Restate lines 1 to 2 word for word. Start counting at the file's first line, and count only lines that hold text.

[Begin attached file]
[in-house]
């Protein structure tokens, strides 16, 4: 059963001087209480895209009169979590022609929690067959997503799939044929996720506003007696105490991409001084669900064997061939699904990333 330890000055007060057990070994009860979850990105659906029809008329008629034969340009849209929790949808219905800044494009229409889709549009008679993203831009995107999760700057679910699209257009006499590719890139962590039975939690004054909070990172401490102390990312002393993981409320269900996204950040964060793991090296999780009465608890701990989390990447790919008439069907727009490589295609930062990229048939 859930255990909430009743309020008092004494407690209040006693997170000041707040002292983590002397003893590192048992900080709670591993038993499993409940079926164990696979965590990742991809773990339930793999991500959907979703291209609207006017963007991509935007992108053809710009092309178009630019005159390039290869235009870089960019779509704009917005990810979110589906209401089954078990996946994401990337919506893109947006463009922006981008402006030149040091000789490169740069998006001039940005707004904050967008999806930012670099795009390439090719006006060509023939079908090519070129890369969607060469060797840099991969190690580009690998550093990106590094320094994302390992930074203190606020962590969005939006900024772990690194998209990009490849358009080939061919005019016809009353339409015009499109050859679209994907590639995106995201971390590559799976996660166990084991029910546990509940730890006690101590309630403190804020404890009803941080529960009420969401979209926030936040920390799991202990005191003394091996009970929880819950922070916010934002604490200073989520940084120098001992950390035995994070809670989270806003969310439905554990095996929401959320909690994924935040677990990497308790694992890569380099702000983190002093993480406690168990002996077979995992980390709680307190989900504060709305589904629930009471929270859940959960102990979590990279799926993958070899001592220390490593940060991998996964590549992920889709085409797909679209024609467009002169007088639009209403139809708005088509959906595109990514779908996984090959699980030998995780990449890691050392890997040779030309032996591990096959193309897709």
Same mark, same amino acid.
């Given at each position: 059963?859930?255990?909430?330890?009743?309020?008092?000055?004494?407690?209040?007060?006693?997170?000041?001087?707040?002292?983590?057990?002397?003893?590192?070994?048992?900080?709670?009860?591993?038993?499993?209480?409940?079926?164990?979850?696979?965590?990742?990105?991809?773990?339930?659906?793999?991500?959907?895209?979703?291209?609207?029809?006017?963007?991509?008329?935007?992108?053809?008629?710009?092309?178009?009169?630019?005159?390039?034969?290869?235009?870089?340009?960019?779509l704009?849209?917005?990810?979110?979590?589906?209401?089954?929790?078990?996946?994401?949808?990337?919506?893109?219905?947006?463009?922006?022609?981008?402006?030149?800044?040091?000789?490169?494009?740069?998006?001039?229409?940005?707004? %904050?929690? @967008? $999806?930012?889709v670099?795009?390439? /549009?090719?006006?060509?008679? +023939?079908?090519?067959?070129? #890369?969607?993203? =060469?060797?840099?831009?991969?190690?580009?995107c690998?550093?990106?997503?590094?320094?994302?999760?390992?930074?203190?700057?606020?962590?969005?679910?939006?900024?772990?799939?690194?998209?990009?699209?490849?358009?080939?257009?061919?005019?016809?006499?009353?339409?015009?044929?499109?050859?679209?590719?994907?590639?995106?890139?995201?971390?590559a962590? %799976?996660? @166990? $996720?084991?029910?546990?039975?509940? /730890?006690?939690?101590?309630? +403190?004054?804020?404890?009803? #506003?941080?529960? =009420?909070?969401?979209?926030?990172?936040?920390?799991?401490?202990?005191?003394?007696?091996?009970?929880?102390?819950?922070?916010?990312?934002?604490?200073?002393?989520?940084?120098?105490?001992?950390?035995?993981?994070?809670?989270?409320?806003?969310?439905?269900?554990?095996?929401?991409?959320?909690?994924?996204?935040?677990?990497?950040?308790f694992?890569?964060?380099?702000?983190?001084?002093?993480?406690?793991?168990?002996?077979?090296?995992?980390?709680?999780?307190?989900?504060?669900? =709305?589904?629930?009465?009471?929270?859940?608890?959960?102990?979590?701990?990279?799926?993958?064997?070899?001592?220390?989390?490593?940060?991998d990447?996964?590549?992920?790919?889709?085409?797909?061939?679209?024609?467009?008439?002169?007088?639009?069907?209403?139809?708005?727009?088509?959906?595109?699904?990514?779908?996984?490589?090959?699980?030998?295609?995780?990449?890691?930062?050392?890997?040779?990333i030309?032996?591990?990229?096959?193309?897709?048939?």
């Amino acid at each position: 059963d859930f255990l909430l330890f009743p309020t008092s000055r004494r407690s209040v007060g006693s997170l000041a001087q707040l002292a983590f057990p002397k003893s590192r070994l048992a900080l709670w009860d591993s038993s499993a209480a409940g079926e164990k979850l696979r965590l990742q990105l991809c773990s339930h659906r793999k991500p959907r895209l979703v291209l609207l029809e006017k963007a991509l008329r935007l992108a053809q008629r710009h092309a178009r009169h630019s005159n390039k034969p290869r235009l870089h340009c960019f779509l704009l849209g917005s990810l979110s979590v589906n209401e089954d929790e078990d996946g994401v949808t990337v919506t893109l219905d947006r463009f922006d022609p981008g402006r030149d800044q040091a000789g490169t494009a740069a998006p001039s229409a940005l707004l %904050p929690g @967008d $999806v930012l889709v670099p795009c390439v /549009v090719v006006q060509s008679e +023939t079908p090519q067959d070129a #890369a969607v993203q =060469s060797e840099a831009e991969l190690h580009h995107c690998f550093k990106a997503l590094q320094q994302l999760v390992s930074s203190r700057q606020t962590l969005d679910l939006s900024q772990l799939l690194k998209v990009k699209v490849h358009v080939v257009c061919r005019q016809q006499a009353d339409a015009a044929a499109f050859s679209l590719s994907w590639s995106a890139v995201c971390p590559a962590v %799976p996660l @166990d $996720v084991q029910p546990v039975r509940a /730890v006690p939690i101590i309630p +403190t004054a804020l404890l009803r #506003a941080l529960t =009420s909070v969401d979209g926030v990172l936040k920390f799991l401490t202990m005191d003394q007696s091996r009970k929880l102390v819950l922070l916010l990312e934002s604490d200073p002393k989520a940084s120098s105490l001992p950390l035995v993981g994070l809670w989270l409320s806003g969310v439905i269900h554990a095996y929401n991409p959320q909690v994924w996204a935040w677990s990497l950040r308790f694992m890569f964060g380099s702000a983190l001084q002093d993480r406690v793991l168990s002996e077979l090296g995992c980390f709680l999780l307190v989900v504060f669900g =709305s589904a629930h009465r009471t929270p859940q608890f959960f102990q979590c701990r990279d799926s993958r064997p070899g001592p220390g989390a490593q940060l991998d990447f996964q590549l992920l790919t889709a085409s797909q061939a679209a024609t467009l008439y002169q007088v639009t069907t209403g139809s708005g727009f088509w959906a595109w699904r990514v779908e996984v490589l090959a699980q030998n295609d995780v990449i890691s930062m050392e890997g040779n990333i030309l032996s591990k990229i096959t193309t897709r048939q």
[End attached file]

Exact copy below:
[in-house]
């Protein structure tokens, strides 16, 4: 059963001087209480895209009169979590022609929690067959997503799939044929996720506003007696105490991409001084669900064997061939699904990333 330890000055007060057990070994009860979850990105659906029809008329008629034969340009849209929790949808219905800044494009229409889709549009008679993203831009995107999760700057679910699209257009006499590719890139962590039975939690004054909070990172401490102390990312002393993981409320269900996204950040964060793991090296999780009465608890701990989390990447790919008439069907727009490589295609930062990229048939 859930255990909430009743309020008092004494407690209040006693997170000041707040002292983590002397003893590192048992900080709670591993038993499993409940079926164990696979965590990742991809773990339930793999991500959907979703291209609207006017963007991509935007992108053809710009092309178009630019005159390039290869235009870089960019779509704009917005990810979110589906209401089954078990996946994401990337919506893109947006463009922006981008402006030149040091000789490169740069998006001039940005707004904050967008999806930012670099795009390439090719006006060509023939079908090519070129890369969607060469060797840099991969190690580009690998550093990106590094320094994302390992930074203190606020962590969005939006900024772990690194998209990009490849358009080939061919005019016809009353339409015009499109050859679209994907590639995106995201971390590559799976996660166990084991029910546990509940730890006690101590309630403190804020404890009803941080529960009420969401979209926030936040920390799991202990005191003394091996009970929880819950922070916010934002604490200073989520940084120098001992950390035995994070809670989270806003969310439905554990095996929401959320909690994924935040677990990497308790694992890569380099702000983190002093993480406690168990002996077979995992980390709680307190989900504060709305589904629930009471929270859940959960102990979590990279799926993958070899001592220390490593940060991998996964590549992920889709085409797909679209024609467009002169007088639009209403139809708005088509959906595109990514779908996984090959699980030998995780990449890691050392890997040779030309032996591990096959193309897709």